by Lois Brummet, RN, MSN, CHPCN(c), DVHS Hospice Volunteer
How often have we heard “Be careful what you wish for!” A wish for our governments to provide palliative care to all Canadians who need it, wherever in Canada they may live. Wishes will remain dreams unless we take action. What action, how or when or who? We are reminded to never underestimate the power of ONE.
Since attending an End of Life conference in Kelowna sponsored by the Respiratory and Palliative Care services at KGH in 1993, I have been saying to all who will listen, people with life threatening diseases should be able to access hospice palliative care services at the time of their diagnosis. “Well he/she is not dying at the moment.” This statement suggests that only when physical symptoms and/or pain are evident, a referral to hospice is appropriate. However, all our mentors in the hospice palliative care movement, Dame Cecily Saunders, Dr. Elizabeth Kubler-Ross, Dr. Balfour Mount, Nurse Clinician Pat Porterfield, Dr. Michael Downing state that humans are more than physical beings. We have a physical, emotional, social and spiritual dimension. At the time of diagnosis or receiving “bad news” our emotional, social and spiritual pieces are hammered with the shocking blows.
How do we survive? Do we pray for cure? Do we rant, angrily accusing someone/ something as being responsible for our predicament?
“I am only one but I am one. I cannot do everything but I can do something. And I will not let what I cannot do interfere with what I can do.” Edward Everett Hale.
Each one of us can do something, there is a long list of actions to pick from such as, praying for the grace to survive and journey through. Attend any number of prayer groups hosting 12 hours of prayer for palliative care May 4, 2017. Say “HELLO”, attend the interactive game to help start conversations about living and dying well. Be sure to ask a family member, a friend, a neighbour to join you for a fun filled lunch for “free”.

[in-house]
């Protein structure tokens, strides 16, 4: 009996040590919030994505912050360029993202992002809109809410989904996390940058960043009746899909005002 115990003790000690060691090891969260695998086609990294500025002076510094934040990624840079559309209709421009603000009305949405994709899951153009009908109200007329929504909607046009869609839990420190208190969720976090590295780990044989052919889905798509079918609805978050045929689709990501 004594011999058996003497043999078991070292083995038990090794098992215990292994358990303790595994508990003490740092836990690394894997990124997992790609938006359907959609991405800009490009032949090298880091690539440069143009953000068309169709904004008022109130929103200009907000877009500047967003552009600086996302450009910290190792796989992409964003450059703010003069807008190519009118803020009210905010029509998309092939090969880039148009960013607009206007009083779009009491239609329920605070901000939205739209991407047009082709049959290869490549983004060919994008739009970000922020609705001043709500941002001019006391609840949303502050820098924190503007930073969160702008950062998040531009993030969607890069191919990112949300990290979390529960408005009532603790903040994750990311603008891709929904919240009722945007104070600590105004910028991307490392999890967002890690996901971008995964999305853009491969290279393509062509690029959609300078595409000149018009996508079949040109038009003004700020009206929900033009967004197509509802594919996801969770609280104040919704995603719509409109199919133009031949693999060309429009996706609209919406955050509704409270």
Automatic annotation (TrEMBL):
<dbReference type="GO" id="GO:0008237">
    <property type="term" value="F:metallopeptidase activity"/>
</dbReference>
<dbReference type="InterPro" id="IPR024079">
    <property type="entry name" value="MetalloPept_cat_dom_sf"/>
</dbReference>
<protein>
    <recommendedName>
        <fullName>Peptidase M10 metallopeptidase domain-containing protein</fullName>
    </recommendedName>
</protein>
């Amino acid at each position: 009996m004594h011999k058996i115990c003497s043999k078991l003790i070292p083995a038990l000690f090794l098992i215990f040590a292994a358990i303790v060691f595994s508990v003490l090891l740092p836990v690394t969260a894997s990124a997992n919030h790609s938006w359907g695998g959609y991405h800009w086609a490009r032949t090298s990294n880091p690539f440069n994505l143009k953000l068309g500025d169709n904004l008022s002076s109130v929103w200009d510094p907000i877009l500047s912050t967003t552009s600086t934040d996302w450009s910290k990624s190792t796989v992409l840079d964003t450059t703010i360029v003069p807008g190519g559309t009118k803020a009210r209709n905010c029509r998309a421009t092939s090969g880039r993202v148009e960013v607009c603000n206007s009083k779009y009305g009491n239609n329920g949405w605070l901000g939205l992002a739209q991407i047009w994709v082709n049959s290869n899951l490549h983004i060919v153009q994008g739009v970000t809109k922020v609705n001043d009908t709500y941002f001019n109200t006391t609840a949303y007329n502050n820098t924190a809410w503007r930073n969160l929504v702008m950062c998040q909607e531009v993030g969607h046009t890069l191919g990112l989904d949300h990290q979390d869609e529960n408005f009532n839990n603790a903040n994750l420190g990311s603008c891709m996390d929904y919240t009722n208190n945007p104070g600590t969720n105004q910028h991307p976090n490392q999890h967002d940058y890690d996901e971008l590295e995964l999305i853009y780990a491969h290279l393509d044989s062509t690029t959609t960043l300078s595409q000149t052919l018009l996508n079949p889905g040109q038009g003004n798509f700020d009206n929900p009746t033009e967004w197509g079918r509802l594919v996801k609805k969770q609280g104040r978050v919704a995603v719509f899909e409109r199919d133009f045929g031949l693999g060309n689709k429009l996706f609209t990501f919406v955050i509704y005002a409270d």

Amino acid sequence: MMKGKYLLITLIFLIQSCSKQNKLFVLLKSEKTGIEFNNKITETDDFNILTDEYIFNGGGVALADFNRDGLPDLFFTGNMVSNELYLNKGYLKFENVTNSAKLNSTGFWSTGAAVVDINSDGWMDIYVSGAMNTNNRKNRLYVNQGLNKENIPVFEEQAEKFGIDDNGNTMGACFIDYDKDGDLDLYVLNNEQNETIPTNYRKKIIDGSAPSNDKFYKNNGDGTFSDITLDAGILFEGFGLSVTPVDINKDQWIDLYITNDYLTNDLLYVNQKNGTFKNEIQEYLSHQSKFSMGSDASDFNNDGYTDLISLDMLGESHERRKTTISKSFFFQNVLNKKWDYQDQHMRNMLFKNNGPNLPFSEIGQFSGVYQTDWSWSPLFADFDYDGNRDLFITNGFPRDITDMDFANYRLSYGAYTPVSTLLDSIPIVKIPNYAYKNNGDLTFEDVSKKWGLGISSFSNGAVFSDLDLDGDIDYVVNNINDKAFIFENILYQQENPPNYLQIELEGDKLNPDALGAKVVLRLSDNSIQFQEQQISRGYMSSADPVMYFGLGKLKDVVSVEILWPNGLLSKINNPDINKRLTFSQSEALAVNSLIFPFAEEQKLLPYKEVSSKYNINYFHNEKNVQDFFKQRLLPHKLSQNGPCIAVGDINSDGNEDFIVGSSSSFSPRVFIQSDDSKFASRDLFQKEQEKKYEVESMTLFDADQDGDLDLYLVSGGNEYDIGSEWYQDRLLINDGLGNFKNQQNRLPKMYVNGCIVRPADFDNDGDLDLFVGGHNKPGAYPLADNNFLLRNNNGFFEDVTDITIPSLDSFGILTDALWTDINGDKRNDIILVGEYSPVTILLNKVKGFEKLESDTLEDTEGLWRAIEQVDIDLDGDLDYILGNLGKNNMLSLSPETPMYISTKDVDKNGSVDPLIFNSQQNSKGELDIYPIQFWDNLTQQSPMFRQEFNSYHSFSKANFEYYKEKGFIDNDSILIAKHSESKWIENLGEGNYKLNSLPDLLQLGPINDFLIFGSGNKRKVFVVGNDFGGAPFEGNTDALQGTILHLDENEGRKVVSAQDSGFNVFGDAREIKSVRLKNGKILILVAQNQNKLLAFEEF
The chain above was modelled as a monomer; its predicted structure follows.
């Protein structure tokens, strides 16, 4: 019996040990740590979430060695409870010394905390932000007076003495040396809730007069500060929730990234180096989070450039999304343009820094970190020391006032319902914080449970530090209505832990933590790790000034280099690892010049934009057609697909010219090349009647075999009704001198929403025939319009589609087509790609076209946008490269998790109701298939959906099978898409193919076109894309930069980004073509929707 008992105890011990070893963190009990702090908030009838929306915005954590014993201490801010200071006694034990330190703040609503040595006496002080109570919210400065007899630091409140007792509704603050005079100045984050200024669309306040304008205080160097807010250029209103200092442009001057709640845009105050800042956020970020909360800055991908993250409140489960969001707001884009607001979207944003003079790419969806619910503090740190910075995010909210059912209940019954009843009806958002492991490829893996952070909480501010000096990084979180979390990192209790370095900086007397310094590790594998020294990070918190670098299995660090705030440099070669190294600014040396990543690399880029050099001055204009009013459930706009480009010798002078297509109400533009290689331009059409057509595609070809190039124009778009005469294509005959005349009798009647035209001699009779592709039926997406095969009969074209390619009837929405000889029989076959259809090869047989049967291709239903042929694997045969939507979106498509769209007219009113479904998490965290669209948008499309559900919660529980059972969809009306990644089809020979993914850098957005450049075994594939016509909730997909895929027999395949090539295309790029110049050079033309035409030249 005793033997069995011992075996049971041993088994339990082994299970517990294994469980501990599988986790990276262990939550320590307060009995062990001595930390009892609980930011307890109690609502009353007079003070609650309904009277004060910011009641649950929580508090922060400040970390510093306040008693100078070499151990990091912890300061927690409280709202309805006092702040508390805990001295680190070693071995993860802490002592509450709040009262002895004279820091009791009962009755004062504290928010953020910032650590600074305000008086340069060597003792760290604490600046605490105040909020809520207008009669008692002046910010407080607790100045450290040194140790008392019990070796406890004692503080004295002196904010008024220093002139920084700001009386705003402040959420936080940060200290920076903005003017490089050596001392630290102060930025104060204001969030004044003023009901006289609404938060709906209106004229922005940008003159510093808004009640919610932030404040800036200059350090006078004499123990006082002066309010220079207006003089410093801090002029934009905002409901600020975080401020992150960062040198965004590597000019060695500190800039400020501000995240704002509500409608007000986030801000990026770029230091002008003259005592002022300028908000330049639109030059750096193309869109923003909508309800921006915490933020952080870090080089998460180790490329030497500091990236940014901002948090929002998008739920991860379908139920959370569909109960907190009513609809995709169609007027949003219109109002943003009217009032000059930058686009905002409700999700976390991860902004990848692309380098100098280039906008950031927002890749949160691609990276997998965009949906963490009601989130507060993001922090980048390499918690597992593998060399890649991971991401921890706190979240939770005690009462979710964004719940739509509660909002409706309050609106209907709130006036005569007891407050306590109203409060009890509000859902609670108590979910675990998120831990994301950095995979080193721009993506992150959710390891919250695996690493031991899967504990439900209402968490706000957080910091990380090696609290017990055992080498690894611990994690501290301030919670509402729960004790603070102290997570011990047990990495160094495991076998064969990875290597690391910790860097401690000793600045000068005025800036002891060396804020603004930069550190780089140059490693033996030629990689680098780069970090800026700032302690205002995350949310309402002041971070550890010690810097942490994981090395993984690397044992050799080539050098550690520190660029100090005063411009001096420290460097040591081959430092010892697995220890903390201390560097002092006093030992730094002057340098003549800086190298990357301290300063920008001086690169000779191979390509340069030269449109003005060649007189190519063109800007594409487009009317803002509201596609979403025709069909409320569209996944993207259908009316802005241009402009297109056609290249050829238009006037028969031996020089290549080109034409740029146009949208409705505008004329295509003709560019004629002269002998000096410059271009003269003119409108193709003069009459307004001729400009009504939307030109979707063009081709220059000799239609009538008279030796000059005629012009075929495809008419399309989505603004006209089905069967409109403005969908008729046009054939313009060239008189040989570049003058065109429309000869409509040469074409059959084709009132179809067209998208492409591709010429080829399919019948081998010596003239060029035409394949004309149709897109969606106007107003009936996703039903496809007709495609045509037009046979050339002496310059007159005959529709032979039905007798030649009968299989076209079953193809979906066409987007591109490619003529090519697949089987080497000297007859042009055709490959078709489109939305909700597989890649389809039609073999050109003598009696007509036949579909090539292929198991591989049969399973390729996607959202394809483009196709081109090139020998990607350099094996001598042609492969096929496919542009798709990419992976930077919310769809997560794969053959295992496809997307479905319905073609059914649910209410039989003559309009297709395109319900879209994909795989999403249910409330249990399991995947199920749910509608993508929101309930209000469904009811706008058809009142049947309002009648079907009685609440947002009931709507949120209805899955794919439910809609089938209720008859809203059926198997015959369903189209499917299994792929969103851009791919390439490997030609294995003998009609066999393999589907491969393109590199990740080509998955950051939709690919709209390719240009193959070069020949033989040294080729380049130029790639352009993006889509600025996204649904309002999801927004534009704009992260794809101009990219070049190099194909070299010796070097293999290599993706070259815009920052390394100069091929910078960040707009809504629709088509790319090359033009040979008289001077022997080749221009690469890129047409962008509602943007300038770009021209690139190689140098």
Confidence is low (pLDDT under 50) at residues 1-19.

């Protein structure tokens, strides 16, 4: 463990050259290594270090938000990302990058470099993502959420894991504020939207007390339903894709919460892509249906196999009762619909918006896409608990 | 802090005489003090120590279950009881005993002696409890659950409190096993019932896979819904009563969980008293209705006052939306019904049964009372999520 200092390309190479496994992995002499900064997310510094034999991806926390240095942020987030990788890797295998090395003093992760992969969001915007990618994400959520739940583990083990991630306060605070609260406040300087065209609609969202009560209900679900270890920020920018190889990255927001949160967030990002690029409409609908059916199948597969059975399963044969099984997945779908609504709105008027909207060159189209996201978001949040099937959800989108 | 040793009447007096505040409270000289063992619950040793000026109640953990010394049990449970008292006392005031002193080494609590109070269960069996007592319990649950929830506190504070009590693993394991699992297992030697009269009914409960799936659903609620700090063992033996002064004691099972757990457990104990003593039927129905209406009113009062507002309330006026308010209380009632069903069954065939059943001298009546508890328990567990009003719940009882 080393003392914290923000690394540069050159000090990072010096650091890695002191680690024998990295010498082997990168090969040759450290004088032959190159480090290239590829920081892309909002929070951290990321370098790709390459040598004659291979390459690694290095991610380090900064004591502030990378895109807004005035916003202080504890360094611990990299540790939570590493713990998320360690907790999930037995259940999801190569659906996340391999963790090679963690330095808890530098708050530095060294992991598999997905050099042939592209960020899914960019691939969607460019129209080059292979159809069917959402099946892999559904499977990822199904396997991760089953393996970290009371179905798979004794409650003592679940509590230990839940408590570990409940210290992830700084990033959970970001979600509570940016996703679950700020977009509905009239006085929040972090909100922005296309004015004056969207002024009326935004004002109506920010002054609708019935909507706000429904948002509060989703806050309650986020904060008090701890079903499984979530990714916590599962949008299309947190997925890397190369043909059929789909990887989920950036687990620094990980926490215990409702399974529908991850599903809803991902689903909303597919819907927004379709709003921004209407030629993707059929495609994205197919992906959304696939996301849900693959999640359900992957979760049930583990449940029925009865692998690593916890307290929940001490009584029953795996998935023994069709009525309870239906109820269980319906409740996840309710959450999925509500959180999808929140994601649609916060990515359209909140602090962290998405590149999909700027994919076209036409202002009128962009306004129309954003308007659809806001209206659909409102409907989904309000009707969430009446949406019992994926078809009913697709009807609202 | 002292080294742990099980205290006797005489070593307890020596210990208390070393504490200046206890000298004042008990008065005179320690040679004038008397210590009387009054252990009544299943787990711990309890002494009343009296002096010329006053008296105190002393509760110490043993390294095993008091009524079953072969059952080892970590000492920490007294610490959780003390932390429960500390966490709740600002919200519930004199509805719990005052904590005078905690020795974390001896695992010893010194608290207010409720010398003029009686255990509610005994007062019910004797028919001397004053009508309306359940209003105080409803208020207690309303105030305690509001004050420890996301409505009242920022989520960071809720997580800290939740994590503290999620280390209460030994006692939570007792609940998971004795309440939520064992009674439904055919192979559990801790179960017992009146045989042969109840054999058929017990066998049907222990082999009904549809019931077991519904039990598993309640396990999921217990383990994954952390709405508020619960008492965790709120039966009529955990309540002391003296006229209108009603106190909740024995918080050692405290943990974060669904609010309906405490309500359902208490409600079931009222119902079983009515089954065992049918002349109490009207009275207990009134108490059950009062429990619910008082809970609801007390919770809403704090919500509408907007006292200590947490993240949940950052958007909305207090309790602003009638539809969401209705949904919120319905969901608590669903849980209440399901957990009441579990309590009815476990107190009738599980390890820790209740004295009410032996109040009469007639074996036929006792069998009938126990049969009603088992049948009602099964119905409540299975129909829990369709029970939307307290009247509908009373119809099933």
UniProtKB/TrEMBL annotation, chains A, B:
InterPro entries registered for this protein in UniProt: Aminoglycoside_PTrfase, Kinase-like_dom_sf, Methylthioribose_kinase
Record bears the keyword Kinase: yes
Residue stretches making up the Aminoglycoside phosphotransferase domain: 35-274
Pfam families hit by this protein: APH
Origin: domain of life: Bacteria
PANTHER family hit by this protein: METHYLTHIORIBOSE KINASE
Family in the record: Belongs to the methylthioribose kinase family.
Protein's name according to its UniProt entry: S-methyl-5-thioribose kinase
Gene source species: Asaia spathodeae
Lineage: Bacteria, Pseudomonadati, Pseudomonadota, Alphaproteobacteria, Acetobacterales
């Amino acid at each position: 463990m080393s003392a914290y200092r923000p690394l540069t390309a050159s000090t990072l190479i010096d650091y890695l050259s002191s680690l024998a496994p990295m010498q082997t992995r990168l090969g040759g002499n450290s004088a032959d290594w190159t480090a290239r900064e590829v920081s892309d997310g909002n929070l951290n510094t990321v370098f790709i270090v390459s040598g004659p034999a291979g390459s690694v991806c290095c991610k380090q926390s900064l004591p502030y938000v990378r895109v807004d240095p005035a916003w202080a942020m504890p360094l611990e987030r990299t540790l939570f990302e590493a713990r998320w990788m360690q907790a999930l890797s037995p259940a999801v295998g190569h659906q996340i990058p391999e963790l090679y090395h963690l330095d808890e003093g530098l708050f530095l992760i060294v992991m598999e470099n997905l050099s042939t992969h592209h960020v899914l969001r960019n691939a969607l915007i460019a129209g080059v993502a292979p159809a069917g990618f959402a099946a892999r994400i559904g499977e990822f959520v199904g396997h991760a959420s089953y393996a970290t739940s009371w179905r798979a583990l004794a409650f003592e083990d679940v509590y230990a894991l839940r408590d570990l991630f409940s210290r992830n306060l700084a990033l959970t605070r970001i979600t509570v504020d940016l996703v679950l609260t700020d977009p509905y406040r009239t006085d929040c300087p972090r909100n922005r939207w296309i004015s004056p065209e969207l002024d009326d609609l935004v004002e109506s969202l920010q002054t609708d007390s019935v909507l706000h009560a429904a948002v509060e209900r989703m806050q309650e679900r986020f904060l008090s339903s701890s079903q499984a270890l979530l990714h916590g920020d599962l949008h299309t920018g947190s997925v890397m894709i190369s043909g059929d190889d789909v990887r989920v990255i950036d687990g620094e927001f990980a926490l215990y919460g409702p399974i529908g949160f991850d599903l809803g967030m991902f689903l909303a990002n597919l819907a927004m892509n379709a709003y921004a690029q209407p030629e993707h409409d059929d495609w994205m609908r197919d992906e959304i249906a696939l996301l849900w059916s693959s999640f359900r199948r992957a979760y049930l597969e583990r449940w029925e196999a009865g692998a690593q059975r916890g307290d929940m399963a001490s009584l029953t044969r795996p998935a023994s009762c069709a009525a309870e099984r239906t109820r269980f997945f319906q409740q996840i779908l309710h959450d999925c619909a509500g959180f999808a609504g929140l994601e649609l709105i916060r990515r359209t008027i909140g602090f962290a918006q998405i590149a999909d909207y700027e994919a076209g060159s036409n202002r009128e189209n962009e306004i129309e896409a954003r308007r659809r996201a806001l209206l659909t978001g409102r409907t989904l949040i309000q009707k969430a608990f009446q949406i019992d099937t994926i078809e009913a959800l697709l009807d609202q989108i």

Support the fundraising activities of your local hospice society, write letters to the Editor describing the benefits of receiving hospice services via local hospice volunteers.
Expand the power of one to ten. Pledge to talk to ten people about the Advance Care Planning presentations and workshops offered in our communities.
These are just a few ideas; more will come to mind as you ponder your own options. “Be the change you want to see happen.”
Since 1993, I have seen progress. Today we see more articles, educational pieces extolling the benefits, both personal and financial of earlier referrals to hospice services. The Palliative Approach to health care is more evident in community health as well as in facility care. Curriculums for continuing education for Personal Care Aides are developed and readily available. The number of community clients seen by our palliative care nurses is growing. The Bereavement Follow up telephone service is providing much appreciated listening time by our hospice volunteer.
The NCARE program, a well sponsored and supported research study is placing trained hospice volunteers with identified frail seniors living at home. The volunteers will assist the study participants to maneuver through the health care system. Hence, these seniors will be known and their need for hospice palliative care services will not be delayed; an earlier referral will happen.